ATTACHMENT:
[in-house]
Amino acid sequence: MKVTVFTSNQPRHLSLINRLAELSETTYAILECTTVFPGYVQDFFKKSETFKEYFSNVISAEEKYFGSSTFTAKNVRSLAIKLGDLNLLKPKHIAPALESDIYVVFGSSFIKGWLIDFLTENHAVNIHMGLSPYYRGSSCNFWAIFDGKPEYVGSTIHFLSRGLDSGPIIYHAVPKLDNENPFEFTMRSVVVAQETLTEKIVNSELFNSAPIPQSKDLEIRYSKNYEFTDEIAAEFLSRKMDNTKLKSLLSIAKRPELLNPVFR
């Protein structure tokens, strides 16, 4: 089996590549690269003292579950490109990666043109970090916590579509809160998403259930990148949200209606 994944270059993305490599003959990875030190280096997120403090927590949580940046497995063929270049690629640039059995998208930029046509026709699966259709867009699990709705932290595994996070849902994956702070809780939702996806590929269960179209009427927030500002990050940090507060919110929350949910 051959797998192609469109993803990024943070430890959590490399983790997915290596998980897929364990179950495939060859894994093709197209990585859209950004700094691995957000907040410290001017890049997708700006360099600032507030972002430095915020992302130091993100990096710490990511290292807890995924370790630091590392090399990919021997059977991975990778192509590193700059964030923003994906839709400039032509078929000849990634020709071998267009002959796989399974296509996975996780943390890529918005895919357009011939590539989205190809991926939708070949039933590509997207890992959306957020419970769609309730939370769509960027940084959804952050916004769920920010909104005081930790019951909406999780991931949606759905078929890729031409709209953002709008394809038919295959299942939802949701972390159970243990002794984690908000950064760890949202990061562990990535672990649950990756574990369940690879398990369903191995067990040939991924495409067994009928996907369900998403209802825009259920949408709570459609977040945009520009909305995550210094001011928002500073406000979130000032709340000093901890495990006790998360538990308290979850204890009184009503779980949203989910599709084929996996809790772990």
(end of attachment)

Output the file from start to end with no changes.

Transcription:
[in-house]
Amino acid sequence: MKVTVFTSNQPRHLSLINRLAELSETTYAILECTTVFPGYVQDFFKKSETFKEYFSNVISAEEKYFGSSTFTAKNVRSLAIKLGDLNLLKPKHIAPALESDIYVVFGSSFIKGWLIDFLTENHAVNIHMGLSPYYRGSSCNFWAIFDGKPEYVGSTIHFLSRGLDSGPIIYHAVPKLDNENPFEFTMRSVVVAQETLTEKIVNSELFNSAPIPQSKDLEIRYSKNYEFTDEIAAEFLSRKMDNTKLKSLLSIAKRPELLNPVFR
């Protein structure tokens, strides 16, 4: 089996590549690269003292579950490109990666043109970090916590579509809160998403259930990148949200209606 994944270059993305490599003959990875030190280096997120403090927590949580940046497995063929270049690629640039059995998208930029046509026709699966259709867009699990709705932290595994996070849902994956702070809780939702996806590929269960179209009427927030500002990050940090507060919110929350949910 051959797998192609469109993803990024943070430890959590490399983790997915290596998980897929364990179950495939060859894994093709197209990585859209950004700094691995957000907040410290001017890049997708700006360099600032507030972002430095915020992302130091993100990096710490990511290292807890995924370790630091590392090399990919021997059977991975990778192509590193700059964030923003994906839709400039032509078929000849990634020709071998267009002959796989399974296509996975996780943390890529918005895919357009011939590539989205190809991926939708070949039933590509997207890992959306957020419970769609309730939370769509960027940084959804952050916004769920920010909104005081930790019951909406999780991931949606759905078929890729031409709209953002709008394809038919295959299942939802949701972390159970243990002794984690908000950064760890949202990061562990990535672990649950990756574990369940690879398990369903191995067990040939991924495409067994009928996907369900998403209802825009259920949408709570459609977040945009520009909305995550210094001011928002500073406000979130000032709340000093901890495990006790998360538990308290979850204890009184009503779980949203989910599709084929996996809790772990």